How to Evaluate Houses Like a Real Estate Pro
We want to help you learn how to evaluate houses like a real estate pro and have put together our top five tips!
Most people don’t buy houses very often. The average American home is sold every 13.3 years, which means the average homeowner only owns a few houses in a lifetime. House purchases are also the most expensive complicated transactions most people become involved in. It’s an intimidating process, made even harder because it happens so rarely.
Professionals who regularly evaluate real estate for sale tend to look at houses differently than typical home buyers. Some things which most aspiring purchasers find problematic are no concern at all for a pro. However, some seemingly small details can be deal-breakers for investors. While your goals as a homeowner may be different than what some investors are seeking, knowing how the pros consider a house listing may give you a helpful new perspective on what matters when house shopping. Here are a few tips on how to evaluate houses like a real estate pro:
Shop for Value.
The residential real estate business thrives on the same marketing methods used to sell clothing, cars, and jewelry. Houses are hyped and polished to maximize their apparent value in the MLS listing, justifying the highest possible price. Smart sellers do minor upgrades right before listing, like new flooring or mini remodels to optimize the house’s appeal to new owners. Inexperienced buyers do not accurately consider the actual cost of these upgrades compared to the property’s listing price, paying more than the cost of the upgrade. This is great if you’re selling, but smart buyers look for the sellers who didn’t do these things – sellers who missed their opportunity to maximize the property’s market value. A real estate investor will rarely purchase a property that has just been flipped by a seller because they know they can do that work themselves and obtain even more value for less money. To recap, tip one is to look for properties others won’t find as attractive.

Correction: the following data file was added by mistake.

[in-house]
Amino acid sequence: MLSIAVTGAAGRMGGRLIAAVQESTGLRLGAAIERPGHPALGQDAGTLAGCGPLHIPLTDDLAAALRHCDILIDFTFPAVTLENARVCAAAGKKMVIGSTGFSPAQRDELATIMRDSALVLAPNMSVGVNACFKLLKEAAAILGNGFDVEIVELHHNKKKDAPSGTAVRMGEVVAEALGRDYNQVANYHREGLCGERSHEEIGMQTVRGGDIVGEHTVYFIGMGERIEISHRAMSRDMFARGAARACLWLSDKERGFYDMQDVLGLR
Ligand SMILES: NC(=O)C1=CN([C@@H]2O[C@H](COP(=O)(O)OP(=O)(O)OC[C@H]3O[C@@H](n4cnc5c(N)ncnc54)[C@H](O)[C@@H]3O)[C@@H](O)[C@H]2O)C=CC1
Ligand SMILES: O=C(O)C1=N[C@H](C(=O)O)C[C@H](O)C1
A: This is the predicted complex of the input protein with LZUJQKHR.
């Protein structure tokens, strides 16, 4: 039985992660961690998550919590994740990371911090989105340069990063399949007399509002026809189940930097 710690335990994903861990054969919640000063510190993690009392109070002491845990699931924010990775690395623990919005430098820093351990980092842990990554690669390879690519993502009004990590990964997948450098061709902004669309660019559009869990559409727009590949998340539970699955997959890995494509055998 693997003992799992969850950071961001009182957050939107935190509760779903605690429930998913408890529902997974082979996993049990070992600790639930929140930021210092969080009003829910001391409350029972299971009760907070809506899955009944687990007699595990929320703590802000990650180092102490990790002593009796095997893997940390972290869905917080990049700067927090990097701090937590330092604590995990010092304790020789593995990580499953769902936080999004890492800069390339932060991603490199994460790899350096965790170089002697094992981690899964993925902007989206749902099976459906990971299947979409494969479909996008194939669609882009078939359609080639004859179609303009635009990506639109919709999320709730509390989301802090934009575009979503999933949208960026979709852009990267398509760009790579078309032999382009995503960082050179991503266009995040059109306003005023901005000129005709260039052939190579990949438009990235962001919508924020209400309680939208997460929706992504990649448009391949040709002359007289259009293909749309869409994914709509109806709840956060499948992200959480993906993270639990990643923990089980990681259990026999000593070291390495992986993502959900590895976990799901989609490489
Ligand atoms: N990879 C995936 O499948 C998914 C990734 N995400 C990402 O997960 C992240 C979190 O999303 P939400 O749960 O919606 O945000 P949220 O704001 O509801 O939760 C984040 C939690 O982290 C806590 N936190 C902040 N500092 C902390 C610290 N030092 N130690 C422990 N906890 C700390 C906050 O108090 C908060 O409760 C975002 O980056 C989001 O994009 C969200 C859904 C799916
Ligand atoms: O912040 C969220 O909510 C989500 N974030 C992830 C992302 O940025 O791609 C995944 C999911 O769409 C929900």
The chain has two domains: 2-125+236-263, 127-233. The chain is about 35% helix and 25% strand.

Looks are Often Cheap.
The visible surfaces and fixtures in a typical house account for less than half the total cost of construction. A house can be refinished inside and out for about a third of the cost of building the same house from scratch. As long as you can work with the existing structure and avoid major pitfalls, it is usually possible to make an aging midrange home into a beautifully stylish upscale modern living space for less money than most people expect. Real estate professionals view problematic houses as opportunities for improvements and upgrades. The less ideal a house’s appearance is, the more value can be gained by improving it yourself. The best value is usually found in a house that is overdue for renovation or has some other obvious cosmetic problem that makes it unappealing on the surface. Most buyers can’t see past these things to recognize the property’s potential, so fewer buyers are willing to consider it, driving the price down. Tip 2: Don’t judge a book by its cover.
Details are Everything.